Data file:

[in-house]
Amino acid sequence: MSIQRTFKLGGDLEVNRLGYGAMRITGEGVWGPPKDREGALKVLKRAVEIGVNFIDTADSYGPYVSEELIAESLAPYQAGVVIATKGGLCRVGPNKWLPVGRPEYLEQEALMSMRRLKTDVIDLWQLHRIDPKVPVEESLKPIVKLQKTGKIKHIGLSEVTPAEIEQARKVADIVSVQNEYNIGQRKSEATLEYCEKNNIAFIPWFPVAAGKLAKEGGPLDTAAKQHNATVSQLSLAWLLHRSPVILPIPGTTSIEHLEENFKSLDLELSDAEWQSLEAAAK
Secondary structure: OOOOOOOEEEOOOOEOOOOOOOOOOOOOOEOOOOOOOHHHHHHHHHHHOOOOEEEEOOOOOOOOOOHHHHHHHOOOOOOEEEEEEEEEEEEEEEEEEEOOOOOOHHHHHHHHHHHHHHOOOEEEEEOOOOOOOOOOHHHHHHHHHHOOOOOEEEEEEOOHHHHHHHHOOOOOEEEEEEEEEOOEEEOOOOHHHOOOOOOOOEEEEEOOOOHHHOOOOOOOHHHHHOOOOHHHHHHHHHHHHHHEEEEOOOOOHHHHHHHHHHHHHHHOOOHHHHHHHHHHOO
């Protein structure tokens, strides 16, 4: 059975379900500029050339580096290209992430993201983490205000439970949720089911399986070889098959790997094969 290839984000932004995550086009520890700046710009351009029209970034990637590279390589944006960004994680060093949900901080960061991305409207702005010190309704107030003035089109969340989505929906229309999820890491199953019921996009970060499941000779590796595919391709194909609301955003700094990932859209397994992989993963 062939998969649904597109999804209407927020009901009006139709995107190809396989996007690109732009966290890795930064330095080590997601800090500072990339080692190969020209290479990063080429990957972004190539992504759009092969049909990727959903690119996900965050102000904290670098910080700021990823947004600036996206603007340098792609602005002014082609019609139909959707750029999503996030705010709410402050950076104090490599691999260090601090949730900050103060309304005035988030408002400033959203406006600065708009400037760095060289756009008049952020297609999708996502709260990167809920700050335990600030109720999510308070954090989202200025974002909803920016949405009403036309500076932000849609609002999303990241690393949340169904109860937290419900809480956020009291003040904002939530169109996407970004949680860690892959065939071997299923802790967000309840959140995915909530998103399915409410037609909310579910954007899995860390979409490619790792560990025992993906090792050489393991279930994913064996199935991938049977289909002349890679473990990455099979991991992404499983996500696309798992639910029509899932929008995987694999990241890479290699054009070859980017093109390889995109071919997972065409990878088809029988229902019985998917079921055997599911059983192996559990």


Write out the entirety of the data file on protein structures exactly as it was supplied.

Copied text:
[in-house]
Amino acid sequence: MSIQRTFKLGGDLEVNRLGYGAMRITGEGVWGPPKDREGALKVLKRAVEIGVNFIDTADSYGPYVSEELIAESLAPYQAGVVIATKGGLCRVGPNKWLPVGRPEYLEQEALMSMRRLKTDVIDLWQLHRIDPKVPVEESLKPIVKLQKTGKIKHIGLSEVTPAEIEQARKVADIVSVQNEYNIGQRKSEATLEYCEKNNIAFIPWFPVAAGKLAKEGGPLDTAAKQHNATVSQLSLAWLLHRSPVILPIPGTTSIEHLEENFKSLDLELSDAEWQSLEAAAK
Secondary structure: OOOOOOOEEEOOOOEOOOOOOOOOOOOOOEOOOOOOOHHHHHHHHHHHOOOOEEEEOOOOOOOOOOHHHHHHHOOOOOOEEEEEEEEEEEEEEEEEEEOOOOOOHHHHHHHHHHHHHHOOOEEEEEOOOOOOOOOOHHHHHHHHHHOOOOOEEEEEEOOHHHHHHHHOOOOOEEEEEEEEEOOEEEOOOOHHHOOOOOOOOEEEEEOOOOHHHOOOOOOOHHHHHOOOOHHHHHHHHHHHHHHEEEEOOOOOHHHHHHHHHHHHHHHOOOHHHHHHHHHHOO
């Protein structure tokens, strides 16, 4: 059975379900500029050339580096290209992430993201983490205000439970949720089911399986070889098959790997094969 290839984000932004995550086009520890700046710009351009029209970034990637590279390589944006960004994680060093949900901080960061991305409207702005010190309704107030003035089109969340989505929906229309999820890491199953019921996009970060499941000779590796595919391709194909609301955003700094990932859209397994992989993963 062939998969649904597109999804209407927020009901009006139709995107190809396989996007690109732009966290890795930064330095080590997601800090500072990339080692190969020209290479990063080429990957972004190539992504759009092969049909990727959903690119996900965050102000904290670098910080700021990823947004600036996206603007340098792609602005002014082609019609139909959707750029999503996030705010709410402050950076104090490599691999260090601090949730900050103060309304005035988030408002400033959203406006600065708009400037760095060289756009008049952020297609999708996502709260990167809920700050335990600030109720999510308070954090989202200025974002909803920016949405009403036309500076932000849609609002999303990241690393949340169904109860937290419900809480956020009291003040904002939530169109996407970004949680860690892959065939071997299923802790967000309840959140995915909530998103399915409410037609909310579910954007899995860390979409490619790792560990025992993906090792050489393991279930994913064996199935991938049977289909002349890679473990990455099979991991992404499983996500696309798992639910029509899932929008995987694999990241890479290699054009070859980017093109390889995109071919997972065409990878088809029988229902019985998917079921055997599911059983192996559990």